Friday, March 27, 2020

Hermit Crab Essay: One Story in the Shell of Another

By Bacopa Literary Review Senior Editor Mary Bast
"A hermit crab is a strange animal, born without the armor to protect its soft, exposed abdomen. And so it spends its life occupying the empty, often beautiful, shells left behind by snails or other mollusks. It reanimates these shells, making of them a strange, new hybrid creature . . . we've dubbed a particular form . . . the hermit crab essay, [which] appropriates other forms as an outer covering, to protect its soft, vulnerable underbelly." (Tell It Slant: Writing and Shaping Creative Nonfiction, Brenda Miller and Suzanne Paola, p. 111)
Miller and Paola demonstrate this hybrid form with Lorrie Moore's "How to Become a Writer" (from her collection Self Help), a personal account told in the style of a "how-to" column. 

Similarly, 2019 Creative Nonfiction contributor Perry P. Perkins' "No,You Don't Understand" begins as an opinion piece: 
It seems like every day I see some new politician or news personality or celebrity talk-show host discussing a recent eye-opening, life-changing experience of living for a month on a 'Food Stamp Challenge,' the simulated grocery budget of a family on food stamps.
     Invariably, when the receipts are tallied at the end of the month and the last journal entry or blog post is made, the summation of the experience begins with a heartfelt "I never understood before . . ."
Perkins then bridges to his personal story by assuring the reader "I appreciate the desire to help and the compassion or empathy or social awareness . . . that comes along with this experiment." Very quickly, though, the frustration and anger of his own experience begins to illuminate the shell of an opinion piece about understanding poverty:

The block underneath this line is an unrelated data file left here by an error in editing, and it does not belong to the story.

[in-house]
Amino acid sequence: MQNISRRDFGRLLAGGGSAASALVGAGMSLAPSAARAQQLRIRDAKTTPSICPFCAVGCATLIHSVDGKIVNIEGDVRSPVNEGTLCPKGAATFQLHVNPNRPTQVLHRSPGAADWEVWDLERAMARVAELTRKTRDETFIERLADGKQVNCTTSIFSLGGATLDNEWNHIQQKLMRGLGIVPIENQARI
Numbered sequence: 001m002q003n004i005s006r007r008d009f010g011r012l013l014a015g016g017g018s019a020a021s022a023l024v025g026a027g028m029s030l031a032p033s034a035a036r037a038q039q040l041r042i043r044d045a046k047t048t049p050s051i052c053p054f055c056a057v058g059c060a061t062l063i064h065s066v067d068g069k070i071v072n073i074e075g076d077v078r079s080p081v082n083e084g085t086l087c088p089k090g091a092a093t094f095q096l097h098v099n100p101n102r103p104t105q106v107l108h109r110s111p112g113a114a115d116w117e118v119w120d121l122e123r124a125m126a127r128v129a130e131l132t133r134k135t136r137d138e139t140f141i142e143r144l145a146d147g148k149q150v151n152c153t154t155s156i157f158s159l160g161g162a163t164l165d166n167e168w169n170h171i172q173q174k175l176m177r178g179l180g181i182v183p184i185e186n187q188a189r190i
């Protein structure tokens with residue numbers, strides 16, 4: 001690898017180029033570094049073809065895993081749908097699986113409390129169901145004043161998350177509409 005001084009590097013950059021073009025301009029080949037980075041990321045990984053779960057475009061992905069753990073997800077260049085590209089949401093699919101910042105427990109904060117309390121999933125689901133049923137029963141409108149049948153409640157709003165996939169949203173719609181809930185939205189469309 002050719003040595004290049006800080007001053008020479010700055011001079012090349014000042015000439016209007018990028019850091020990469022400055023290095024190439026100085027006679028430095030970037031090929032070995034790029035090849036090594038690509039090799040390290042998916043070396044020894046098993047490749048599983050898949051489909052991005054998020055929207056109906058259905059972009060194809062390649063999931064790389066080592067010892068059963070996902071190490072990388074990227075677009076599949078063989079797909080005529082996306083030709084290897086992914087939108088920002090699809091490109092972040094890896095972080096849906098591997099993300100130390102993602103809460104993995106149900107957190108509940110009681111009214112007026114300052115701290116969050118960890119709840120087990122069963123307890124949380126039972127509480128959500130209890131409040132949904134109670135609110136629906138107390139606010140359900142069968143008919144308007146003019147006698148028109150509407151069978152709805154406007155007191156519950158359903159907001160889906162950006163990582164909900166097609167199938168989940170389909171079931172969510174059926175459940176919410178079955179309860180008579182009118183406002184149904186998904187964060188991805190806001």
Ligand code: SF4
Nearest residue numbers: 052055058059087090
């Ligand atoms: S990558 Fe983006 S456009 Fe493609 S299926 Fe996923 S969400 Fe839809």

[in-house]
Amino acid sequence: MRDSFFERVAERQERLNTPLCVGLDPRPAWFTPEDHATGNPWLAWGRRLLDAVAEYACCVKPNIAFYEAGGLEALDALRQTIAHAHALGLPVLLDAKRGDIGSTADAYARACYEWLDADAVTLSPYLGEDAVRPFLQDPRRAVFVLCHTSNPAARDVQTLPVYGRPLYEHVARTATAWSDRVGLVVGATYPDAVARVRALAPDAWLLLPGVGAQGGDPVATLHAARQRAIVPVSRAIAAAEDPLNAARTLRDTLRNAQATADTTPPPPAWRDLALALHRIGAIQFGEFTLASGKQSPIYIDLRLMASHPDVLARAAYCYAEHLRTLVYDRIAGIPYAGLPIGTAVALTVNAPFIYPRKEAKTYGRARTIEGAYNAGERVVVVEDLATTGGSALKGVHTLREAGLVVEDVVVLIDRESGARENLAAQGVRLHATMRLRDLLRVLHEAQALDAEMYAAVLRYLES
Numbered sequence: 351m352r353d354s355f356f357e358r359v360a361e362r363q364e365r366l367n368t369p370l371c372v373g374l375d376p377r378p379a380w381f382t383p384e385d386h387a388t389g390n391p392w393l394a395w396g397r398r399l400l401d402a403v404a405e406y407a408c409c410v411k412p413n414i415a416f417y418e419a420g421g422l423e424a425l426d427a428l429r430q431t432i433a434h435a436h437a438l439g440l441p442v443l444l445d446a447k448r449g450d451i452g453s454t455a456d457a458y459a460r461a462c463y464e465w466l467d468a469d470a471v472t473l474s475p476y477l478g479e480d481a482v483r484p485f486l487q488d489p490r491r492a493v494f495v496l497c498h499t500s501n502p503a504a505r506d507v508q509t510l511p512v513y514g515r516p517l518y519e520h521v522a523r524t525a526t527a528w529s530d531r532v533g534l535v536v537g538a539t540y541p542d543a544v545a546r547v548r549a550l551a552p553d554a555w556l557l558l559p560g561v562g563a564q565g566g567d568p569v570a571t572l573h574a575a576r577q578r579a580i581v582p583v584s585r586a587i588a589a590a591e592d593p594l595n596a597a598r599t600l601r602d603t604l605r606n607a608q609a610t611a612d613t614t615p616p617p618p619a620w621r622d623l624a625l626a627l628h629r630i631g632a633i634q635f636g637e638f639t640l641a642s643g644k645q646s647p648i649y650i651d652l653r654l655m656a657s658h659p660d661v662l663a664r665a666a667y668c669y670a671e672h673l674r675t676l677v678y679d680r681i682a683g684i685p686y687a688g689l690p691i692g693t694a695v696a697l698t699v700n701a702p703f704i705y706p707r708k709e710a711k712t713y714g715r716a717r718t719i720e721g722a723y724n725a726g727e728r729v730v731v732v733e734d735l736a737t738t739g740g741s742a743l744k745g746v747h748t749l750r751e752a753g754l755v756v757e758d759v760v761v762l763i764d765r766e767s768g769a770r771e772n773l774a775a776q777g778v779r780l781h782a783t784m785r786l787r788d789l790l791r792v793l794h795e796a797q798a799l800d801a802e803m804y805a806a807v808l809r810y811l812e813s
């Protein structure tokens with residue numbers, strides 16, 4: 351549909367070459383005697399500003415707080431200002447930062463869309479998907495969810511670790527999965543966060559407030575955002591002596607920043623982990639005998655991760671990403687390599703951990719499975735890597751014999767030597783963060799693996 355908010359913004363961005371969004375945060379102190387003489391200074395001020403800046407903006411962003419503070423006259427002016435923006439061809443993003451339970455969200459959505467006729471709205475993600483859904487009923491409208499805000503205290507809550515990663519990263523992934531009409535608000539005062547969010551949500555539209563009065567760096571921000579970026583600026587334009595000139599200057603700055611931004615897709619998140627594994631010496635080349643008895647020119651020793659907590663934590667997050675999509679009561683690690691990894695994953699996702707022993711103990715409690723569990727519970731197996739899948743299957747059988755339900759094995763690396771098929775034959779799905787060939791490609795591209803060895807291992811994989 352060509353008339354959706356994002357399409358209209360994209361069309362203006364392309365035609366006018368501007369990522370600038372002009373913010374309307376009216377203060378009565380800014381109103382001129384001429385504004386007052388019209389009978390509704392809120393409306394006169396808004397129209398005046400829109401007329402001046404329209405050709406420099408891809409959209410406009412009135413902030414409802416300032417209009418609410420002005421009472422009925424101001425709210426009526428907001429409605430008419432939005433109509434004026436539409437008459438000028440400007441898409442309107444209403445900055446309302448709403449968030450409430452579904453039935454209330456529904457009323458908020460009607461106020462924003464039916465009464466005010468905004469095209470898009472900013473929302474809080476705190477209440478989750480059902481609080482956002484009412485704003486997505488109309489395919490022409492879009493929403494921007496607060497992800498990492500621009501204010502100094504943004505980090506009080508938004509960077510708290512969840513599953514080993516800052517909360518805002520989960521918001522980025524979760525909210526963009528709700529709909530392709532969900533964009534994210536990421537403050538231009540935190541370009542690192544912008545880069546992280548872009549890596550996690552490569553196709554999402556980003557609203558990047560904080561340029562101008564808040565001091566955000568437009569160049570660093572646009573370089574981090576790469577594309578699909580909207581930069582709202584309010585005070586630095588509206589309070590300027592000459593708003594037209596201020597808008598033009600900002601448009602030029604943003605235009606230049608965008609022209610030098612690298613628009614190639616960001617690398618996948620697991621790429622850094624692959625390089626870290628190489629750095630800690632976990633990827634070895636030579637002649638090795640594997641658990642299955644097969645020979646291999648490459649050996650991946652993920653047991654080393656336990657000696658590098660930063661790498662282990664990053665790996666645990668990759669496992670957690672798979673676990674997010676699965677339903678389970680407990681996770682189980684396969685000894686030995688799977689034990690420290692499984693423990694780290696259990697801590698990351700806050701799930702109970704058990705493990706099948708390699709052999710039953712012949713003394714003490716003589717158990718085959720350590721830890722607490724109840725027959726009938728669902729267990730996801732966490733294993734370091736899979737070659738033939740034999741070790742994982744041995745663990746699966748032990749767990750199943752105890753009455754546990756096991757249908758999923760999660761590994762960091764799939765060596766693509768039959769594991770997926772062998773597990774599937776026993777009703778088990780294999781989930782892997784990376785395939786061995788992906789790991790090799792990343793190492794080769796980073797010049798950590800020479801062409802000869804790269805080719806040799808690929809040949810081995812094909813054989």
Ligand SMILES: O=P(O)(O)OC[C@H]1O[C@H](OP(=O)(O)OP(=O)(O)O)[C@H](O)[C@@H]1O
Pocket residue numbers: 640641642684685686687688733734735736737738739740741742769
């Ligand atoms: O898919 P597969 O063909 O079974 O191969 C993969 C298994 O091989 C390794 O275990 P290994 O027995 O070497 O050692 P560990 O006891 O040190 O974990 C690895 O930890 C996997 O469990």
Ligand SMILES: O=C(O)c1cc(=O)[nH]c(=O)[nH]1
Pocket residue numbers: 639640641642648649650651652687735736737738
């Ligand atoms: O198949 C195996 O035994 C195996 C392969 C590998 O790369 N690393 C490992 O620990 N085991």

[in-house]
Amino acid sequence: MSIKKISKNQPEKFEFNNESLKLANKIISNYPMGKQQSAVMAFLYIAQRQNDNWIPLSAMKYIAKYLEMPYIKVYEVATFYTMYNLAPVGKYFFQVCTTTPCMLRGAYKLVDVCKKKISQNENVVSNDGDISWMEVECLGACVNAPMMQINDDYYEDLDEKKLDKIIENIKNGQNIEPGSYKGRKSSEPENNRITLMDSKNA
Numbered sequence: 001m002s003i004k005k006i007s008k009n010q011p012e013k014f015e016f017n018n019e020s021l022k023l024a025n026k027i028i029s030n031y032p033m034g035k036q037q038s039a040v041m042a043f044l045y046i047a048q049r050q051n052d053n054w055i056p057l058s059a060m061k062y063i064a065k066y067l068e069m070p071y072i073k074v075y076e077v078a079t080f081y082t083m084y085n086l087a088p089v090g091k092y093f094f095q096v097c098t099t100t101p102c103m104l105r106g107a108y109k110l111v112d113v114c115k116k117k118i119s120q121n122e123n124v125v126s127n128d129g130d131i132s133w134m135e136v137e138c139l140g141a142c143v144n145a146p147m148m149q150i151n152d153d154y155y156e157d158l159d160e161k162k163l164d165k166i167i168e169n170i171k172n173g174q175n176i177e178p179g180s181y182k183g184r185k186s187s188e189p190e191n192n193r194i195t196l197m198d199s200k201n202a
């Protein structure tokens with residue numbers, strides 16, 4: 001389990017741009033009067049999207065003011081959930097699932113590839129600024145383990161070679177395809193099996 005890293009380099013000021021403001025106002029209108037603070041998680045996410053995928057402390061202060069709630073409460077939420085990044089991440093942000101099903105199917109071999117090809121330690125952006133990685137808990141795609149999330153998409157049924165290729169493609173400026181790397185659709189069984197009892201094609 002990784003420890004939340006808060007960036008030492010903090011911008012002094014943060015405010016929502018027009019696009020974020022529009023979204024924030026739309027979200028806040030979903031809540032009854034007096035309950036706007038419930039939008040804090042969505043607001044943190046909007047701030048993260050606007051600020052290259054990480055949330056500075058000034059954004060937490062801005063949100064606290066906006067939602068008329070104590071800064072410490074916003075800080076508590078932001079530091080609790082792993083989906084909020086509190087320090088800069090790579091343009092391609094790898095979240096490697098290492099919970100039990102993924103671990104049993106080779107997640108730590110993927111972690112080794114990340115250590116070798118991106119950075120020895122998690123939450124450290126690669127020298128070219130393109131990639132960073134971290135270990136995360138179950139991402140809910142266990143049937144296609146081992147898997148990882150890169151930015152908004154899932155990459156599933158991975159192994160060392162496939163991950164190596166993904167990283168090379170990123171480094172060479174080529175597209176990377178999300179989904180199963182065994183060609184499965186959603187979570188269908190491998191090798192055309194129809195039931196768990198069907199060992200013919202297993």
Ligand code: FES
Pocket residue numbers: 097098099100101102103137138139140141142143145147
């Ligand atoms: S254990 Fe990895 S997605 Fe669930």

Don't think that you can load up a couple of bags of cheap groceries in the back of your Outback, cruise on home to your nice house in the 'burbs, fix dinner in your modern kitchen . . . and know what it's like to be poor . . .
      Until then, all you've done is shopped like us.
     Until you have carried those groceries home a hundred times through two bus transfers and walked eight blocks through a rainstorm past the drug deal in the parking lot and up two flight of stairs to an apartment that may have had the electricity turned off . . .
      Until then, you don't understand. . .
The author continues sharing his personal experience within the shell of an opinion piece, repetitively drumming the refrain, "Until then, you don't understand," and ending with advice that will strike at the heart of every one of us now living with the uncertainties of the Covid-19 pandemic, many of whom will be suffering the fate of Perkins' childhood:
    Volunteer at a food bank, contact a local ministry or non-profit, and be part of an outreach program. Give to local charities, become a constant, burning, unyielding, pain-in-the-ass advocate to your local politicians and decision makers. And God bless those of you who do these things.
     If, however, you really want to know what it's like to be poor, so you've "been there, done that," do me a favor . .. do it for a year, or five, or ten . . .in my old neighborhood, on foot, in the cold and dark, with your children.
     Until then, no . . . you don't understand.
*     *     *

Perry T. Perkins is a writer, columnist, and professional blogger who's been published in magazines from Guideposts and Writer's Digest to Bass Master and Bible Advocate. His work has been included in 16 Chicken Soup anthologies, and he writes a monthly column, "Renaissance Dad," for Vancouver Family Magazine.

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